The blogosphere has long been recognised as the world’s most expansive protest ground but, prior to the Egyptian revolution social media’s capacity to translate online communities into reality has been limited to viral YouTube videos featuring flashdance groups in various locations around the globe.

Egypt’s recent revolution has revealed the true capacity of social media when utilised properly and the the potential ramifications of the above. Although, much of the media hype has focused on the most recent social media activities of protesters via Facebook page ‘We are all Khaled Said’, their avid use of social technology began several years ago in 2008 with blogging.  A convenient platform for communication. Blogs allowed their author to remain anonymous and therefore subject to, at least temporary, evasion from the government. The global reach of the media platform allowed the Egyptian public to garner interest and support for thier cause around the world. The potential power social media provides all individuals is noted by Charles Hirschking (2011) in his article ‘From the blogosphere to the street: The role of social media in the Egyptian Uprising’.

One of the first and most prominant Egyptian protest blogs, al-wa’i al-masri (Egyptian Awareness), authored by Wael Abbab posted numerous videos of the abuse occuring behind the scenes in Egypt. Sent to him via mobile phone or from other bloggers one of the graphic videos revealed an Egyptian man in a Cairo police station, sexually and physically abused by the officers (Hirschkind, 2011).

This uncontrolled increase in transparancy, propelled by social media outlets has altered the relationship between the government and the public. In the extreme case of Egypt, social media provided an opportunity for  oppressed citizens to reveal the abuse suffered under a harsh regime and ultimately rise up and over throw their suppressors.

But, the influence of social media in traditional methods of governing, encouraging and often forcing upon them a level of transparency is evident across the globe. The desire of the public to know the inner workings of those who rule has culminated in the United States with suggestions of making available all the actions, affiliations and sponsors of Senators in the United States Government. Such transparency or ‘Naked Transparency’ has not been viewed positively by all. Laurence Lessig (2010) highlights the issues which may arise in knowing too much: A state of confusion, loss of faith in the government, not to mention miss-information.

‘We are not thinking clear enough about where and when transparency works and where and when it may lead to confusion or to worse,’ Lessig (2010) comments in his work ‘Against transparency: The perils of open government’.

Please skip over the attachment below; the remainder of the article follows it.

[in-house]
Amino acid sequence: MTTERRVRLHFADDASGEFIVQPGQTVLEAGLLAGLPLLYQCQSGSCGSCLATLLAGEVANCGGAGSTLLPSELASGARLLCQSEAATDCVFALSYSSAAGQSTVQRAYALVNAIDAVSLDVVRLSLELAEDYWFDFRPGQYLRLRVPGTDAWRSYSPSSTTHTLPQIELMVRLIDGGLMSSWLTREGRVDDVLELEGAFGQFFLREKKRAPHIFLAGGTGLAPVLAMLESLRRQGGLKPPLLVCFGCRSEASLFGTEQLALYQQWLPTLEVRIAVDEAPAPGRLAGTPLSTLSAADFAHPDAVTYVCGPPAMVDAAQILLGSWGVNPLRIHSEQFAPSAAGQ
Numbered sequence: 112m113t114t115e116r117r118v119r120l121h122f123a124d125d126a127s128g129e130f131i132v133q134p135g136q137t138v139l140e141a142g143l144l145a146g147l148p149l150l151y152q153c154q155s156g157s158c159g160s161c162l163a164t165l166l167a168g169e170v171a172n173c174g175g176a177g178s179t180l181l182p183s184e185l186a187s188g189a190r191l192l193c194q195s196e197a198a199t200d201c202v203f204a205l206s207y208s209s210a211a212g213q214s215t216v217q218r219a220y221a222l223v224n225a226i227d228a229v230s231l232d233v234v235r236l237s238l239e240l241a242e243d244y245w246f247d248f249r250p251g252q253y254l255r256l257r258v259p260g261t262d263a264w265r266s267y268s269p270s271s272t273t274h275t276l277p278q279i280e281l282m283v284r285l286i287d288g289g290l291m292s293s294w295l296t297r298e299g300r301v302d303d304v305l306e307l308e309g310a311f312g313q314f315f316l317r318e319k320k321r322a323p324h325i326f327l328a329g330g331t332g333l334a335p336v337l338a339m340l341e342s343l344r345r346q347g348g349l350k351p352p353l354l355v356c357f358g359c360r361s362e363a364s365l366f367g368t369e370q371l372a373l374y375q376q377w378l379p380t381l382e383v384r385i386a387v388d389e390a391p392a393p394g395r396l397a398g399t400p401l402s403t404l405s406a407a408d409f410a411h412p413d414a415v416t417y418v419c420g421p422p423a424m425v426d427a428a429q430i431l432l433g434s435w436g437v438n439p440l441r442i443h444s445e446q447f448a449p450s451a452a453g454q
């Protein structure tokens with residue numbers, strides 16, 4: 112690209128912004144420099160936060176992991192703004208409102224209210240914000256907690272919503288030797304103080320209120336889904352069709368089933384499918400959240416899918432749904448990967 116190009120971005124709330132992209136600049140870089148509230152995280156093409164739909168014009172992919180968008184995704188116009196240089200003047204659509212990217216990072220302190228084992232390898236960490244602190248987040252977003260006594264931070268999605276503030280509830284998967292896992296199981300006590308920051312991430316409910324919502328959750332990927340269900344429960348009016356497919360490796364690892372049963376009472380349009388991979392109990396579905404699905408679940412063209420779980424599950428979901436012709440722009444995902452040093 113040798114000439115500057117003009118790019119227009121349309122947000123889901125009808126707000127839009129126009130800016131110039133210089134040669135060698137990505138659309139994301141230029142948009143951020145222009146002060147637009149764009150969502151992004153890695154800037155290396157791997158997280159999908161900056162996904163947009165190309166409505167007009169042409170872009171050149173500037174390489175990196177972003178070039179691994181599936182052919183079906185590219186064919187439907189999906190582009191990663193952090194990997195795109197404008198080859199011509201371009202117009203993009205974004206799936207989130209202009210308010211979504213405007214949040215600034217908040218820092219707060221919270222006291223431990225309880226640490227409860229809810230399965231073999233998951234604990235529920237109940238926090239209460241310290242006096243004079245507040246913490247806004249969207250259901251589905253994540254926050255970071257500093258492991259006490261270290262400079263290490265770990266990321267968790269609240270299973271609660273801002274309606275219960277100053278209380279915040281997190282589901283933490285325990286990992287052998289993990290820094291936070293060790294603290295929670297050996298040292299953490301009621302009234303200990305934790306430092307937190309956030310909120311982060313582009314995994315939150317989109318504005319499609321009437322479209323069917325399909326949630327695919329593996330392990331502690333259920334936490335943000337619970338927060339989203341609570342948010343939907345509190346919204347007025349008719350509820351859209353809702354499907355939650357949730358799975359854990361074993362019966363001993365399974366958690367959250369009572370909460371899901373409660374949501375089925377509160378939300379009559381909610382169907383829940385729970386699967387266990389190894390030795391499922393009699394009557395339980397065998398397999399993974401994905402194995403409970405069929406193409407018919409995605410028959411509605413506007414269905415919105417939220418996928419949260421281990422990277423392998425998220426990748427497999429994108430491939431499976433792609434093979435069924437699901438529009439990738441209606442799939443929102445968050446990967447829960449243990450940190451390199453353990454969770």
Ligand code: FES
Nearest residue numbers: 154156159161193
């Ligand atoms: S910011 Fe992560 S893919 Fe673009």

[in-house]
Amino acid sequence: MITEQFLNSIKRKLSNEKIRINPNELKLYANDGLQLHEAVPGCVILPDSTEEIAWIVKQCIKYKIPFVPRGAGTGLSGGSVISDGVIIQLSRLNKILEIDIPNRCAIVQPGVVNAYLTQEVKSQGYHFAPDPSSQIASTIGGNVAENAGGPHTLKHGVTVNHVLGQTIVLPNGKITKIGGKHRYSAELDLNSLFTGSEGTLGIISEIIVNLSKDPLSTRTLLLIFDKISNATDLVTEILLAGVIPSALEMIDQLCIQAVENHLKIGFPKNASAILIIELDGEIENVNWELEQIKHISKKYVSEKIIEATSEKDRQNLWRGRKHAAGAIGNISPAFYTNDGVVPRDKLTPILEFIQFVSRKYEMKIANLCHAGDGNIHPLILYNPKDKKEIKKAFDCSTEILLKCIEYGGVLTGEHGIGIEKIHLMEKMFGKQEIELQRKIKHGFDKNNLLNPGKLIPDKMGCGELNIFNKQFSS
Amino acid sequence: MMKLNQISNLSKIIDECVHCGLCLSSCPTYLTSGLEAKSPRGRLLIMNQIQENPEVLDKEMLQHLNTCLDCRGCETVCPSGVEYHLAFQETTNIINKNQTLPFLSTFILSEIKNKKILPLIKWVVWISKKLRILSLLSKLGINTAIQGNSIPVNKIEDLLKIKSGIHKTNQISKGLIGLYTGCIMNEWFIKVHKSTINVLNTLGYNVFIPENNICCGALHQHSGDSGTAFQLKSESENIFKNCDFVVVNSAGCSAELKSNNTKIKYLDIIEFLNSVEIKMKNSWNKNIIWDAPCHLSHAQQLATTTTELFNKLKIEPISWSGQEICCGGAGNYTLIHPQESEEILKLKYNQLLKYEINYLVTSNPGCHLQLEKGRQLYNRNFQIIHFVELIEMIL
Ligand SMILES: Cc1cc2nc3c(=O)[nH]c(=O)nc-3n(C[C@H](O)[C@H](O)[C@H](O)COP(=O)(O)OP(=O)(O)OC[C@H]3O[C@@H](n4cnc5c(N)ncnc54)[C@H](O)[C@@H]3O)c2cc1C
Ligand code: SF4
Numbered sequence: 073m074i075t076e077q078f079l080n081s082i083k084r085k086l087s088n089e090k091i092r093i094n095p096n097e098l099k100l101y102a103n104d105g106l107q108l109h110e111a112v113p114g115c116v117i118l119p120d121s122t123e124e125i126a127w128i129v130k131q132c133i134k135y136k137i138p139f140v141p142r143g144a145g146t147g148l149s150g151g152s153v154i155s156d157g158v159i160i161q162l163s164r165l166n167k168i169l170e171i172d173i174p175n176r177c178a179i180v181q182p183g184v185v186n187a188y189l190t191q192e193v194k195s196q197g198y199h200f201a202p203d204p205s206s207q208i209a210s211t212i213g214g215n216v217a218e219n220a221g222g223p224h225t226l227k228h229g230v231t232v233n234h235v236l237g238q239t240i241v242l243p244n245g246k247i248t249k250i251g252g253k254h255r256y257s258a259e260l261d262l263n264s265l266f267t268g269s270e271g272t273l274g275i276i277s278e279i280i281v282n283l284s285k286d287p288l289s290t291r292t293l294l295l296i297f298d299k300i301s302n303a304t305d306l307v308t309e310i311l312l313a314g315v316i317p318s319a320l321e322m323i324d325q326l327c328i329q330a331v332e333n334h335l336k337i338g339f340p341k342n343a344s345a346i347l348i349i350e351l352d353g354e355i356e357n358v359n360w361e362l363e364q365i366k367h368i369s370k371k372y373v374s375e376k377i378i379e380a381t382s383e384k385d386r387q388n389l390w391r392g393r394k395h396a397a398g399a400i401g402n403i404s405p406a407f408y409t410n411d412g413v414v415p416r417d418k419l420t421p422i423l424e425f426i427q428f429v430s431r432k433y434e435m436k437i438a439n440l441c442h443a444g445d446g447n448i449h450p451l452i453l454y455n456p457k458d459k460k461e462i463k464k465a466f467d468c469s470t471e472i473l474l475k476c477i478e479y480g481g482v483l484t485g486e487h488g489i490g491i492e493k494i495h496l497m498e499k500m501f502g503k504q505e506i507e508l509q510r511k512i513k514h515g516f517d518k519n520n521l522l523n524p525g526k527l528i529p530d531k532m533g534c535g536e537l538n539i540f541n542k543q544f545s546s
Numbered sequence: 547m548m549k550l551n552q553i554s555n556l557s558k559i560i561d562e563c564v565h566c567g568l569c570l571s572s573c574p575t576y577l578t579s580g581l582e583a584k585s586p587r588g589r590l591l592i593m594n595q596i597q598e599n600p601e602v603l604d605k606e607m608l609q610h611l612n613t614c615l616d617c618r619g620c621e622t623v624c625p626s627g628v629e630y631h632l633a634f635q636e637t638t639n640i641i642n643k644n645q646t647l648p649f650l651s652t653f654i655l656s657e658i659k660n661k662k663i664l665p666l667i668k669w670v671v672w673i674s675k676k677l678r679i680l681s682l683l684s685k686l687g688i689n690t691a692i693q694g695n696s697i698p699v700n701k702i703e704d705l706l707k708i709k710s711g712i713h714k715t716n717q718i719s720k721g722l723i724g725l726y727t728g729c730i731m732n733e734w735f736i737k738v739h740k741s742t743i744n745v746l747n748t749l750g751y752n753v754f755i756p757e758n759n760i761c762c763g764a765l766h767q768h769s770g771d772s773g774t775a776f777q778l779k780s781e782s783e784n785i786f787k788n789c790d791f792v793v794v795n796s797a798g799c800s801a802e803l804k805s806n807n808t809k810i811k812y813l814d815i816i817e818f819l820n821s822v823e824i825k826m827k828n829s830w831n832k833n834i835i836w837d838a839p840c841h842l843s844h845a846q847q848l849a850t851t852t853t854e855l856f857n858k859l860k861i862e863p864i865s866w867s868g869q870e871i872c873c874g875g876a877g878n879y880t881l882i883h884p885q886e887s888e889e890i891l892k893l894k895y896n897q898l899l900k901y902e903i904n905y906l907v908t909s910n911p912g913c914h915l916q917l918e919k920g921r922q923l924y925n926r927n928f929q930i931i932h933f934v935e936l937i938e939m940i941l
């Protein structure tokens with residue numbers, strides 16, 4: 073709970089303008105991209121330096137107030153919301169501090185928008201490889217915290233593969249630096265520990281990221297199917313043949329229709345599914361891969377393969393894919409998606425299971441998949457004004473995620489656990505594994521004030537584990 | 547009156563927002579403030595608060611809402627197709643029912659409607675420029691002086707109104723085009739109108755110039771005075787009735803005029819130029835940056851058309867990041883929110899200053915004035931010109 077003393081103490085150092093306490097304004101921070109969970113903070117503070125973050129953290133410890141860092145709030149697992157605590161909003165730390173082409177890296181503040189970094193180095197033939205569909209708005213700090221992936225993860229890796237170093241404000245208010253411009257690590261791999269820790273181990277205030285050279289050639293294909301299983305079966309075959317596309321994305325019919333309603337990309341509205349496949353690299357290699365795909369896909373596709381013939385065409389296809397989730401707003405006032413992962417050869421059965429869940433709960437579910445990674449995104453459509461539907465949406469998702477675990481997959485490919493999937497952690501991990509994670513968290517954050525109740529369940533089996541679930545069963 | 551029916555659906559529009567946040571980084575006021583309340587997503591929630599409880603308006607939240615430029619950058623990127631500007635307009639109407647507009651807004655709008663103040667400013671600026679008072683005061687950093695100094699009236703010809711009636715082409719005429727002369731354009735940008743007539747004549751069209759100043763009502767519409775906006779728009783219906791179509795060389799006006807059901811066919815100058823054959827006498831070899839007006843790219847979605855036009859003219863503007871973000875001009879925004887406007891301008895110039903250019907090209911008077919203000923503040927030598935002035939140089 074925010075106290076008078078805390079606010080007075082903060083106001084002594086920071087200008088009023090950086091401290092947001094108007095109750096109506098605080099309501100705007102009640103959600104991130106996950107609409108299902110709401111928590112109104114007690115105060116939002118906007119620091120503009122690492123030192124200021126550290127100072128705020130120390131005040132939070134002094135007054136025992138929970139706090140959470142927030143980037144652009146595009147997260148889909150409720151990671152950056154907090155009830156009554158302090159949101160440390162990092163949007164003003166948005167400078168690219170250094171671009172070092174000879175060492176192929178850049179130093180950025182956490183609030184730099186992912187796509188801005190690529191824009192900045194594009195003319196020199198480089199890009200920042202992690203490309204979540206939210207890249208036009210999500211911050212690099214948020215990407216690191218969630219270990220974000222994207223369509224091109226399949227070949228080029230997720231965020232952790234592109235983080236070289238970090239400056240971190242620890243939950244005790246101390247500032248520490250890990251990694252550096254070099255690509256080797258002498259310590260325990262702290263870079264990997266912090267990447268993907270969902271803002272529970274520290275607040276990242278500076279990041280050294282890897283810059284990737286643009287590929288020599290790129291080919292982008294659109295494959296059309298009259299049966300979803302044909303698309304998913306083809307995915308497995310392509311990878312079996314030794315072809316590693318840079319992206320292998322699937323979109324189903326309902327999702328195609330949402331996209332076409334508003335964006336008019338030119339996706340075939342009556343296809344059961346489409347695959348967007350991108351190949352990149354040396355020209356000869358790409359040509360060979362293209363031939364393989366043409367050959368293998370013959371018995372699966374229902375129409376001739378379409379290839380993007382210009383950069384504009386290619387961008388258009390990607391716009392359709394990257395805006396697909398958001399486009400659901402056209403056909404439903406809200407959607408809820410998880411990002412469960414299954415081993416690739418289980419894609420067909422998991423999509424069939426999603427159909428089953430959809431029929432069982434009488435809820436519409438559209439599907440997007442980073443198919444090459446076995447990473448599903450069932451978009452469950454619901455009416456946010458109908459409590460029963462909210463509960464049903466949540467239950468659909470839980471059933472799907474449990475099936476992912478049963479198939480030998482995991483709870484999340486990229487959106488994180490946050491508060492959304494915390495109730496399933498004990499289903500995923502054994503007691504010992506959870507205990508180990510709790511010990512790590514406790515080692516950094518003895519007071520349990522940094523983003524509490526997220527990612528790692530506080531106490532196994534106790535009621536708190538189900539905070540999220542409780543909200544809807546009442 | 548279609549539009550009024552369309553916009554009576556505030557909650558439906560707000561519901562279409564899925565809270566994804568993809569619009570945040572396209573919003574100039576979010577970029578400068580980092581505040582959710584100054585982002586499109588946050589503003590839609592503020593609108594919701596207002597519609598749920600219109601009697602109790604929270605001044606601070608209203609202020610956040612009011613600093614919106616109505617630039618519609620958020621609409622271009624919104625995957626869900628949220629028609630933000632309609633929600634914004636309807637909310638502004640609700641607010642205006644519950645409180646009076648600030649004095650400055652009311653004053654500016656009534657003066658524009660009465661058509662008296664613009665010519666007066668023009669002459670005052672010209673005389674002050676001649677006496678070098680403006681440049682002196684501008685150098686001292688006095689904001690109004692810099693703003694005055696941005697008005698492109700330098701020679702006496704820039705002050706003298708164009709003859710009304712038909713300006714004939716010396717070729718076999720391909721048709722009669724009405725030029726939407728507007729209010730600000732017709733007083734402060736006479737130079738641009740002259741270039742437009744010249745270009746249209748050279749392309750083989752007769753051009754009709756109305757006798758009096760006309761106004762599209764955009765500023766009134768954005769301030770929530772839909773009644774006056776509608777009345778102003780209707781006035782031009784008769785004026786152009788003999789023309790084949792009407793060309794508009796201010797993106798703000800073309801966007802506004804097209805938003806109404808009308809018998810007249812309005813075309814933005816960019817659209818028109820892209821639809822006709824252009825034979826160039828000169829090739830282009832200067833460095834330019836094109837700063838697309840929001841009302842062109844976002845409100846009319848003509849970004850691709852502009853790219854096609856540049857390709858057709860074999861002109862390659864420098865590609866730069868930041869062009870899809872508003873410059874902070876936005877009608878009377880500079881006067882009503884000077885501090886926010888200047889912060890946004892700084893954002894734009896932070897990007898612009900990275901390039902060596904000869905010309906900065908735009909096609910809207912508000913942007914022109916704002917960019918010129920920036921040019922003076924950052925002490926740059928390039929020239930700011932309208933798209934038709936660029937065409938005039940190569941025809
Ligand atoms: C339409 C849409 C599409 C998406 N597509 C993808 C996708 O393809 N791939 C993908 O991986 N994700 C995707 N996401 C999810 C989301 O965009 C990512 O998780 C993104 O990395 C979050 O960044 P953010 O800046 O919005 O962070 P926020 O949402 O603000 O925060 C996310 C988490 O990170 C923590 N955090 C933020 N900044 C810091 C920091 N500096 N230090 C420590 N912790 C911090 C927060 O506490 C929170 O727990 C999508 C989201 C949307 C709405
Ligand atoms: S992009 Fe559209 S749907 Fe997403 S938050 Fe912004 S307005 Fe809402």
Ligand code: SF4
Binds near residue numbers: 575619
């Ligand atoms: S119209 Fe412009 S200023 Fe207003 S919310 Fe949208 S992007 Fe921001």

Whether for good or bad it is clear that social media has permanently altered the hierarchy between the citizens and governments of the world. Forcing a level of transparency and accountability on those in traditional positions of power. Social media has provided its users with their own newfound authority.



Brewer, J 2011, Introducing the Progressive Strategy Handbook, Truthout, accessed April 18th 2011, <>

Ellis, B 2010, Sleepless in Canberra The ABC, Drum Unleashed , accessed April 18th 2011, <>

Hirschkind, C 2011, From the Blogosphere to the Street: The Role of Social Media in the Egyptian Uprising,  Jadaliyya, accessed April 18th 2011, <>

Lessig, L 2010, Against Transparency: The perils of openness in government, accessed April 18th 2011, <,0>

Mason, P 2011, Twenty reasons why it’s kicking off everywhere, Idle Scrawls BBC, accessed April 18th 2011,  <>

Styles, C 2009, A Government 2.0 idea – first, make all the functions visible, accessed April 18th 2011, <>

Usher, N 2011, How Egypt’s uprising is helping redefine the idea of a “media event”, The Nieman Lab, accessed April 18th 2011, <>

UsNow, online video, accessed April 18th 2011, <>



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The Hidden potential for traditional media online

April 13, 2011 Leave a comment

The internet … a wondrous world filled with endless bites of knowledge … the black-hole gulping down the news industry.

The running commentary for the past few years has consisted of the desperate cries of newspapers as advertising revenue decreases many newsrooms have shrunk of disappeared completely. But, statistics reveal that this is not because people are not reading the news, rather they have begun to interact with the news. No longer exploring current affairs through print many now do so through online news sources, social media and phone applications.

The internet age is changing our way of thinking and interacting with the media. Eliminating boarders. Audiences are no longer engaging with the neatly framed worlds of print, broadcast and radio. The lines have become blurred and media has converged. Online news now often utilises one or more of these mediums. It streams across platforms: Facebook, Delicious, Tumblr. Allowing audiences to interact, commenting on the issues. And now through blogging and various organisations such as the Huffington Post, produce the news. The popularity of social media as a news source has led to Facebook Chief Technical Officer, Bret Taylor, suggesting Facebook will revolutionise the news as it has done with online gaming. Increasing the social aspect of our news consumption (Stop the presses: Facebook CTO says news next in social revolution 2011).